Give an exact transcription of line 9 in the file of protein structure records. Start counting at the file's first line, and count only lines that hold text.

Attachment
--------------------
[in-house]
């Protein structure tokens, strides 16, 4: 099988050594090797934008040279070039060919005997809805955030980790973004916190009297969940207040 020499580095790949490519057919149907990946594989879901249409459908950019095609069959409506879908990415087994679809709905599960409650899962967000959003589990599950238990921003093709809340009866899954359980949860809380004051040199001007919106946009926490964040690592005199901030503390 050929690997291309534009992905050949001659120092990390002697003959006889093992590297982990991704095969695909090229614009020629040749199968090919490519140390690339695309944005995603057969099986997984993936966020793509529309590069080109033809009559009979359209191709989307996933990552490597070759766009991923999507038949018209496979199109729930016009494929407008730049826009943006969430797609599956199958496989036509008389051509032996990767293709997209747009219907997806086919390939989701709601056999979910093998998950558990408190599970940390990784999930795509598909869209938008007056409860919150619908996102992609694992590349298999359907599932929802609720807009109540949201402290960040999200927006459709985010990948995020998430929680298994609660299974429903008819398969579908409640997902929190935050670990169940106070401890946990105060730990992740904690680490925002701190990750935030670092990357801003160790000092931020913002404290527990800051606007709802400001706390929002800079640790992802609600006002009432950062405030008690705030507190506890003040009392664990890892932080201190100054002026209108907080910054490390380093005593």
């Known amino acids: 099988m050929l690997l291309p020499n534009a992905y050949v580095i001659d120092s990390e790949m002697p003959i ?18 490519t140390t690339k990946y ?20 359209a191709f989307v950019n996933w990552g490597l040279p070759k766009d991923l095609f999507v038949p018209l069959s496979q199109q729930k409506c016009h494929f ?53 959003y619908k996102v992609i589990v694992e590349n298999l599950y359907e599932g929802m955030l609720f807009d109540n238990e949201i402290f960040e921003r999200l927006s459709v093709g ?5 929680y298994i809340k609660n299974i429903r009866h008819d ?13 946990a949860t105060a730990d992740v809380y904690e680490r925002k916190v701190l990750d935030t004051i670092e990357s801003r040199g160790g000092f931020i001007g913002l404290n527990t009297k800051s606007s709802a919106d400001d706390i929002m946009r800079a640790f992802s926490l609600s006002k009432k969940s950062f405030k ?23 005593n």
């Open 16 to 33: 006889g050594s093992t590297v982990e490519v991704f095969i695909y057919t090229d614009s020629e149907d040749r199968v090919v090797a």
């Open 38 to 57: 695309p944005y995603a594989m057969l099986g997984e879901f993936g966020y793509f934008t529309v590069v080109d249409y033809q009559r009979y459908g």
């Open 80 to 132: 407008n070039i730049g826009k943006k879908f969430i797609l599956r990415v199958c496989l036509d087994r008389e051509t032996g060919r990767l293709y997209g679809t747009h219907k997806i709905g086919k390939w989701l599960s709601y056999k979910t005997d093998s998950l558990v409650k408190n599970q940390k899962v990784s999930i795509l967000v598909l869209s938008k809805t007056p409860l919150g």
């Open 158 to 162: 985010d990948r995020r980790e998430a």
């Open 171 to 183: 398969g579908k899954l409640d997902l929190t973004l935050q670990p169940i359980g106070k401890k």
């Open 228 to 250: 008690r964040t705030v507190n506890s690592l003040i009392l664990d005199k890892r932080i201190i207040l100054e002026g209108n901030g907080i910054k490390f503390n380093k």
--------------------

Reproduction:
């Open 228 to 250: 008690r964040t705030v507190n506890s690592l003040i009392l664990d005199k890892r932080i201190i207040l100054e002026g209108n901030g907080i910054k490390f503390n380093k």